I've written on the blog before about my admiration for W.G. Sebald, and for the mark his work made on the history of contemporary literature. When I first read Sebald, I pretty much took on everything -- from Austerlitz and The Emigrants, to The Rings of Saturn and After Nature. The one book that I didn't read was On the Natural History of Destruction, Sebald's essays on the literary culture of Germany following the Second World War.
Over the past week, I've read those essays -- and as in the past, I found Sebald's writing mesmerizing. Of the four essays assembled here, the first and the third, I think, achieve a sort of transcendence. The former asks why German writers failed to address their country's destruction toward the end of the Second World War. The latter, meanwhile, focuses on the Jewish writer Jean Amery, and Amery's assertion that the experience of German Jews is something less to be reconciled or resolved, and more to revealed, over and over again. "The unremitting denunciation of injustice," writes Sebald, should be our primary interpretative lens; it should be how we process the Holocaust.
As always, Sebald's writing is defined by its lucidity, and by the incorporation of images -- the effect of which is to reinforce the gravity of his essays. Sebald strikes me in this collection as a man unafraid of the truth: around German amnesia, for instance, or around the foundations of the modern German state (built with the "well-kept secret of corpses"). Sebald wonders why so many Germans acted as if "nothing had happened" in the period stretching to 1947. That no real literary tradition emerged around the shared experience of domestic destruction suggests that the experience "had not registered in the consciousness," he writes, "of the reemergent nation."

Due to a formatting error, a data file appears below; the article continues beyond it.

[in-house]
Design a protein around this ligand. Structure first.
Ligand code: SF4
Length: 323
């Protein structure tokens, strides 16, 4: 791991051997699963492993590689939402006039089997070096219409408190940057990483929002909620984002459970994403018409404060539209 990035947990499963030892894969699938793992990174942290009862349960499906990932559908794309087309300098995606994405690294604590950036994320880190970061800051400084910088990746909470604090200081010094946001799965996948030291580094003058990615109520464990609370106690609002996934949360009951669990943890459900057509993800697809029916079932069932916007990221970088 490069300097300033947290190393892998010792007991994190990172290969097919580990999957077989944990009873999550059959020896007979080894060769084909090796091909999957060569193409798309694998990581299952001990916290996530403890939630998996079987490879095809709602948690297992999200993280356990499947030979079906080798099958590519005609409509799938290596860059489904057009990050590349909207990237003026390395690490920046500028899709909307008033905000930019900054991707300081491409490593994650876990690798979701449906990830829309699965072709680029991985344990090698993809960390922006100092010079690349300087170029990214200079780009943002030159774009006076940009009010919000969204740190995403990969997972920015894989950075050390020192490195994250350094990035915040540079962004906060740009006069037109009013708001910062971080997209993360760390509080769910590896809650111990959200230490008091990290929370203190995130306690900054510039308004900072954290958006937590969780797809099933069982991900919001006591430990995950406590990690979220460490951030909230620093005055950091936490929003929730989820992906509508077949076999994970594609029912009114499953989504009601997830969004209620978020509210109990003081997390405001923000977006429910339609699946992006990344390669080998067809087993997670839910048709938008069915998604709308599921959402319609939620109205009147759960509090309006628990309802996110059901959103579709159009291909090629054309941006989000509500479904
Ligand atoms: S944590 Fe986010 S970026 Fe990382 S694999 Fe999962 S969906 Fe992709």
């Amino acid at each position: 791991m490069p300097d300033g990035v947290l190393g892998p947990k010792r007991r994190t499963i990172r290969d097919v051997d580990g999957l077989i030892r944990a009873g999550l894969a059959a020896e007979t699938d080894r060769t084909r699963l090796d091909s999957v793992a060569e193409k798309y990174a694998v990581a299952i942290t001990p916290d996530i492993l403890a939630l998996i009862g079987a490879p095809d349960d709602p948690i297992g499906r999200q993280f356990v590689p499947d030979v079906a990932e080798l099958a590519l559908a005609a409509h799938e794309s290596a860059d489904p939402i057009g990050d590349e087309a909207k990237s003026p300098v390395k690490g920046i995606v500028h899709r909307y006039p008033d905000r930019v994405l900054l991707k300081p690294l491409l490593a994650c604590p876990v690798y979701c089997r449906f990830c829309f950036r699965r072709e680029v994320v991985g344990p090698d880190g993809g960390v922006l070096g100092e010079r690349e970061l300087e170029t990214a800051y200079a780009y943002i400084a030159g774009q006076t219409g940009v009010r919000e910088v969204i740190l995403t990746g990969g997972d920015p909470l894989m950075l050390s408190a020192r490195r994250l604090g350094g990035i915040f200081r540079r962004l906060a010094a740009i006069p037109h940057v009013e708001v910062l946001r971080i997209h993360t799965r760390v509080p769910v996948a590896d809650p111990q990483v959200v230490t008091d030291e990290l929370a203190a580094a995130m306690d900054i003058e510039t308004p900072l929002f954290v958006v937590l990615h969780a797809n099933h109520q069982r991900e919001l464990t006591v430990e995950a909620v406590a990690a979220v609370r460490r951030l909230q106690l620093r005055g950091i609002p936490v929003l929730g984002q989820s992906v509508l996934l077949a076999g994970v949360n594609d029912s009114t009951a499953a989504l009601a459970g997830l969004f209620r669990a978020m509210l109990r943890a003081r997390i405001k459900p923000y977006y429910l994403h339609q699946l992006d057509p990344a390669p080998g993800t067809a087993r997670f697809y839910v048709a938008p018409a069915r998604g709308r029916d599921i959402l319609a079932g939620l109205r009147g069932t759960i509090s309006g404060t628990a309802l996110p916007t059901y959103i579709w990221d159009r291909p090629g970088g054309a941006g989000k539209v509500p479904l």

Sebald concludes that the "self-imposed silence" around Germany's experience in the Second World War owed something to the sense at the time that destruction -- however traumatic -- amounted to progress, and that, by assuming the destruction to have been warranted (as if a punishment), German writers closed one chapter and opened another. The result was silence, but also resurgence.
Sebald's essays are as relevant now as when they first appeared in 1999. I can't recommend them enough.